New details have emerged in the Jan. 7 incident at Bonney Lake High School in which a 15-year-old student brought a gun to school, including the information that the security guard sent to bring the student to the office was not told of the weapon.
Prompted by the incident, Sumner School District officials are also working to quickly add a “report of weapon” plan to the catalog of more than 50 emergency response plans kept on file by the school district.
District Communications Director Ann Cook said the district has 53 “standardized response plans” in place for incidents such as “air pollution alert to lightning strikes to a bomb threat, but no single “student with a weapon” response.
Cook said the incident could have fallen under three different plans and the confusion and decision to move quickly led to the school’s head of security being sent to bring the student to the office without being told of the possible weapon, which Cook said would not happen again.
“I do believe that we won’t see that kind of response,” she said. “I don’t think that will be repeated.”
According to the police report, officers were first dispatched to Bonney Lake High School at 7:44 a.m. for a report of a student with a gun. Dispatch later advised the student and gun were contained in the principal’s office.
According to the report, Assistant Principal Brian Sheerer told police that at approximately 7:20 a.m. the suspect told another student he brought a small gun to school. That student told another student, who later called a parent working at another school, who called the high school to report what her son told her.
Once the claim of a gun was confirmed, Sheerer sent Campus Security Officer Antonio Quiming to retrieve the suspect. According to the report, “Quiming said that when he was escorting (the suspect) to Sheerer’s office he was not told that (the suspect) had a weapon on him.”
During the walk, the suspect “was fidgeting with his ants” and asked to go to the restroom, but Quiming did not allow it because he thought the student might try to dispose of drugs.
Once they arrived at the office, the student repeatedly denied he had a gun in his possession until Quiming said he noticed an object in the student’s right front pocket. When asked to stand up, the student admitted to having the gun and campus security removed a .22 caliber semi-automatic pistol from the student’s possession. The weapon was loaded with four rounds of ammunition.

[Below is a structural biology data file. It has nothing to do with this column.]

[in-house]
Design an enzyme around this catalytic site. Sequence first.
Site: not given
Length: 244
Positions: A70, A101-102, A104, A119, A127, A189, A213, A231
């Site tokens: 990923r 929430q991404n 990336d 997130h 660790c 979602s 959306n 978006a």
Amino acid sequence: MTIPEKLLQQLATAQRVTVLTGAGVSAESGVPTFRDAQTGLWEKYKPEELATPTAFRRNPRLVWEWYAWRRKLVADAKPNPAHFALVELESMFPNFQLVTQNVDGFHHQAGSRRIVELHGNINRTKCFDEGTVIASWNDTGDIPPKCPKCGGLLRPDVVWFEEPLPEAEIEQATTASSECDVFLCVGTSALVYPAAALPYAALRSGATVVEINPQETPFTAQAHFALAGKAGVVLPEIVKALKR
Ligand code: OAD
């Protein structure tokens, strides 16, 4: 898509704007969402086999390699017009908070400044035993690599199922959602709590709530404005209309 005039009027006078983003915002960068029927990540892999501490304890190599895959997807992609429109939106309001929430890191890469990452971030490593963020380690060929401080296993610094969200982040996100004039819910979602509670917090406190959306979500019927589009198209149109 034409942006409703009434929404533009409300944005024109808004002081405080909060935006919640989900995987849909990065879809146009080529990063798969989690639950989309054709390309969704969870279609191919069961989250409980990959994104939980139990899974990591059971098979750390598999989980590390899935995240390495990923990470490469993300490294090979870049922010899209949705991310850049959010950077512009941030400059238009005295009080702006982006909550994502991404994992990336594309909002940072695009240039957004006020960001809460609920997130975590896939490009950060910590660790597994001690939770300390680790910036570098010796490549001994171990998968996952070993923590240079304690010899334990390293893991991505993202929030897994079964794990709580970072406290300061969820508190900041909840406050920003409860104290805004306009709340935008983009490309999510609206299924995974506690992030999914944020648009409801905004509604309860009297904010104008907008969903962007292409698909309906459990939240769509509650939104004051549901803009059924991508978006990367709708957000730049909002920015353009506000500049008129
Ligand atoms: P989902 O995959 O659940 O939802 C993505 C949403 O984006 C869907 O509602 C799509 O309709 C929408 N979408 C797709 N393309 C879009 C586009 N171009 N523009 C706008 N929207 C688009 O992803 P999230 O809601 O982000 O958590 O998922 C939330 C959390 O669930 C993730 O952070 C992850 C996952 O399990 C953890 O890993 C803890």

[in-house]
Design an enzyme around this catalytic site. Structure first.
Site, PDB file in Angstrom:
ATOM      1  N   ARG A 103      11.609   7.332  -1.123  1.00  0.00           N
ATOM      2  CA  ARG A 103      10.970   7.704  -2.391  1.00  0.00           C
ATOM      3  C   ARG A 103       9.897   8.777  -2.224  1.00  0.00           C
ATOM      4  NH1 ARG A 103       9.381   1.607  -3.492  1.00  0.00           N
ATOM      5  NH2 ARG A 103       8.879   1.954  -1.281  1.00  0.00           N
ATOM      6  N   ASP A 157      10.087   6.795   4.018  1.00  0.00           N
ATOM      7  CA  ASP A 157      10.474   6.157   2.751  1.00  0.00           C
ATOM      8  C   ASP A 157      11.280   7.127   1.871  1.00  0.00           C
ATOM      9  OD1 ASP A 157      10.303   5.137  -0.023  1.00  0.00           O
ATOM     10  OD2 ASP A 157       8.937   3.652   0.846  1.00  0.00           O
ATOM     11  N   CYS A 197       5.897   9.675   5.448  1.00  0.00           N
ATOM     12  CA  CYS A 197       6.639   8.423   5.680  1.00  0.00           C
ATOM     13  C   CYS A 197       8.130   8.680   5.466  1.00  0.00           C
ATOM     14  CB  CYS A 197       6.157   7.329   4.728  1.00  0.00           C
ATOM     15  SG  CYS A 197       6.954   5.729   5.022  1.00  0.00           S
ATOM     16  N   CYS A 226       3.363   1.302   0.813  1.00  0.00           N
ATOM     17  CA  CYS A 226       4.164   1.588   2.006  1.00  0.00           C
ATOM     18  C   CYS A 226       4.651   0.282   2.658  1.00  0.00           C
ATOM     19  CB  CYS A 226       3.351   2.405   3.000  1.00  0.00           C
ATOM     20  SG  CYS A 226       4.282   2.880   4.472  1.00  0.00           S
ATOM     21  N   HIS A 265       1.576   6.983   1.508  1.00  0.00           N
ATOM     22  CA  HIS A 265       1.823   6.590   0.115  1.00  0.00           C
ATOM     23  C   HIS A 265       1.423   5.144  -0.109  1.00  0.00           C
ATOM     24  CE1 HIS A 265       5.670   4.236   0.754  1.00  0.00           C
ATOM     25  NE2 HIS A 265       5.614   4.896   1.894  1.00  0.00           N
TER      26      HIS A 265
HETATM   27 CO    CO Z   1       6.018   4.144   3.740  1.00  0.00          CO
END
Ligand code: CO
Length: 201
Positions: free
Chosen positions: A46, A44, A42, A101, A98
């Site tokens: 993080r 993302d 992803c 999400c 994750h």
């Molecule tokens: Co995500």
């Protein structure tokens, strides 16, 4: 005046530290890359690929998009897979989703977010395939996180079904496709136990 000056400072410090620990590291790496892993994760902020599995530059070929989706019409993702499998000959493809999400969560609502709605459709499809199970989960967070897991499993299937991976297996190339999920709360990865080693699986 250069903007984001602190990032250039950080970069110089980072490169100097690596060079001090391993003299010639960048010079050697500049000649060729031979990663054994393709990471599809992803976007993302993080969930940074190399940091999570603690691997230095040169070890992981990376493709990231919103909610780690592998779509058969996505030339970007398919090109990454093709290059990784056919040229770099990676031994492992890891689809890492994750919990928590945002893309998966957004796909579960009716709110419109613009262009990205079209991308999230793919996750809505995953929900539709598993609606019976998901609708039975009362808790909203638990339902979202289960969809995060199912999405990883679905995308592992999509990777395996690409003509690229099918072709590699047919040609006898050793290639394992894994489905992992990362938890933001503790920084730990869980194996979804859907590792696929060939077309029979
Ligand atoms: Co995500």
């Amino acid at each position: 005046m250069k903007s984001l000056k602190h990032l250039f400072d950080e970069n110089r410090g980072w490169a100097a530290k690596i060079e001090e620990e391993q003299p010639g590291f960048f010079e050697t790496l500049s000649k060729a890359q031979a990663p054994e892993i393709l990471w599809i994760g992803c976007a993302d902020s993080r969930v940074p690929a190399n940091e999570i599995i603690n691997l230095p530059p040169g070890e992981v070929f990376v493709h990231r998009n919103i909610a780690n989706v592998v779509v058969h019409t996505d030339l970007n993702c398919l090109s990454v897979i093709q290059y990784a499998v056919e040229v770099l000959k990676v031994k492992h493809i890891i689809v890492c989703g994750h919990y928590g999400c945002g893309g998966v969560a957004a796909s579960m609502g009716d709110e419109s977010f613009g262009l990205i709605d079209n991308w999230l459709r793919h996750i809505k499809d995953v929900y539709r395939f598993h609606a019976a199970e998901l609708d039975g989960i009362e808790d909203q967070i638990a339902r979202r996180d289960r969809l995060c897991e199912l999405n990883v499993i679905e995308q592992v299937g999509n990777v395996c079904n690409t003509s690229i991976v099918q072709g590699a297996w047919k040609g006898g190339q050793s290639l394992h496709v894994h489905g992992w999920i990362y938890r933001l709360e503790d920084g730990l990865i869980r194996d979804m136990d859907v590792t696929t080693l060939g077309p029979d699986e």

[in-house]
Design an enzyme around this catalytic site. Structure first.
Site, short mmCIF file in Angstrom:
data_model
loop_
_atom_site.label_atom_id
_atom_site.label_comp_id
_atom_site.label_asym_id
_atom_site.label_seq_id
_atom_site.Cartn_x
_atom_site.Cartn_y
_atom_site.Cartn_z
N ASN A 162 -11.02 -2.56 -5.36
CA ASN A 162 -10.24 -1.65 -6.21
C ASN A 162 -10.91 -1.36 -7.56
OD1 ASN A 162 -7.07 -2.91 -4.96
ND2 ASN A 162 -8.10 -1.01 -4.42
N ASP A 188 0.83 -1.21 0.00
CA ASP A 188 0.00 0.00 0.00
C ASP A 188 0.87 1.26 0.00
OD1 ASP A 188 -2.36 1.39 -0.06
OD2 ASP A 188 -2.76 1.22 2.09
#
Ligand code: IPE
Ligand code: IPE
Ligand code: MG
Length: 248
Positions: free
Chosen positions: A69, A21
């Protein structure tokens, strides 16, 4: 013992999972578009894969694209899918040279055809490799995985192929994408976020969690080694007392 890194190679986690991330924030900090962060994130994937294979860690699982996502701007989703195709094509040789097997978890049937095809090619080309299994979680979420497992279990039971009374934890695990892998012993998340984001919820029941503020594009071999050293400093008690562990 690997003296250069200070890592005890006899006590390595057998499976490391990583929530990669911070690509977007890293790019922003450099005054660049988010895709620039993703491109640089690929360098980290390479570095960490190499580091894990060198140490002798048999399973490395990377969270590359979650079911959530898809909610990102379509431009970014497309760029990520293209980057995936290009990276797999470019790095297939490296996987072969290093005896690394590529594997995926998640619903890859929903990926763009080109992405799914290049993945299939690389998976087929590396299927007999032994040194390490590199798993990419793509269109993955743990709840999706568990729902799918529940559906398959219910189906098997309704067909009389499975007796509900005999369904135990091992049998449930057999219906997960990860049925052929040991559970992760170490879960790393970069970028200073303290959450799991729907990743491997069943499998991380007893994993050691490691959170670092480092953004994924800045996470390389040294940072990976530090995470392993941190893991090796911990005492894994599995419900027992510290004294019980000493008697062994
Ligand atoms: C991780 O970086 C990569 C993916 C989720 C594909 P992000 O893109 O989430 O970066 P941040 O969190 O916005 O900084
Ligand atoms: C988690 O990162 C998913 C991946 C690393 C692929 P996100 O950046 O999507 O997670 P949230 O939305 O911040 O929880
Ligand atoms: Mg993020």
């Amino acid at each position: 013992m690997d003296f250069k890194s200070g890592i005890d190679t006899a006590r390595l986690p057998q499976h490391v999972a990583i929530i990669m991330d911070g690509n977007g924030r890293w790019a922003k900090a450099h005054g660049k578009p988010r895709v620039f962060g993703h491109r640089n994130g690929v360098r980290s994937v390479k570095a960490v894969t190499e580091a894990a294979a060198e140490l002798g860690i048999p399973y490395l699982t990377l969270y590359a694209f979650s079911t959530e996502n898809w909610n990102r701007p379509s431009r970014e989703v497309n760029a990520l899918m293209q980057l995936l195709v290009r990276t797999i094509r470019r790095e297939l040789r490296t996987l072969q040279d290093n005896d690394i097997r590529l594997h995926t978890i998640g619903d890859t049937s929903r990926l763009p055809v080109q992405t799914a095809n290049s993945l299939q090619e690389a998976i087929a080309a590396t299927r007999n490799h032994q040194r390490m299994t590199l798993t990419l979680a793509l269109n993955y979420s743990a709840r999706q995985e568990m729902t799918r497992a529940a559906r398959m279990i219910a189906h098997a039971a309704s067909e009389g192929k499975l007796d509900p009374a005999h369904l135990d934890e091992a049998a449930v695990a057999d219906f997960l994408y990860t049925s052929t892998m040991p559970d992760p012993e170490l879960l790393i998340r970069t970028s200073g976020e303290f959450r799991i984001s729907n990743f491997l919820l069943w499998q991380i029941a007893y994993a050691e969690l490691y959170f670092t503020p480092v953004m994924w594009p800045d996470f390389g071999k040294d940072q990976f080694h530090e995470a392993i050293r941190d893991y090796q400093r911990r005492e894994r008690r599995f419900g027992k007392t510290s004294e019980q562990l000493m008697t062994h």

The student was emergency expelled and transported to Remann Hall to be booked on one count of unlawful possession of a firearm.
There is no indication in the police report as to why the student brought the gun to school in the first place, though Cook said she was told by the principal that the student said it was for target shooting after school.
Following the incident, Cook said the district met with representatives from the Sumner Police Department, the Bonney Lake Police Department and the Pierce County Sheriff’s Department to discuss a new standardized response plan for a student with a weapon.
Cook said the details of the plan would not be released, but said in the future police would immediately be brought in, bypassing security.
“What will be different in this new response plan is the standard will be whenever possible, police will approach the student,” Cook said.
Cook also said the plan would not differentiate between the type of weapon, something suggested by the police.
Calls to other local school districts produced a mixed bag of response plans. In Puyallup, the district has a specific plan for “Student with a weapon (gun)” which begins with a call to 911 before moving to a “modified lockdown” and has police officers contacting the student “whenever possible.”
White River, however, has no specific plan in place and Keith Banks, Director of Human Resources, said the district participated in the meeting with Sumner and is planning a similar meeting with the Buckley police to develop a similar protocol.
Bonney Lake Police Chief Mike Mitchell said he was surprised to find out the security officer was not told of the weapon and said the hour-long meeting with the district produced “very workable responses.”
“Although no students were pat at risk, we felt there was a better way to handle the situation,” he said, adding that he was pleased the district and police department would work closer together in the future.
Cook said the district was pleased with the direction it was given from the police and again reiterated that no threats were made during the Jan. 7 incident.
“The good news is there was no intent to harm and it was definitely a lack of judgment on the young man’s part and did provide us with the opportunity to look at what we’re doing and improve on it,” she said.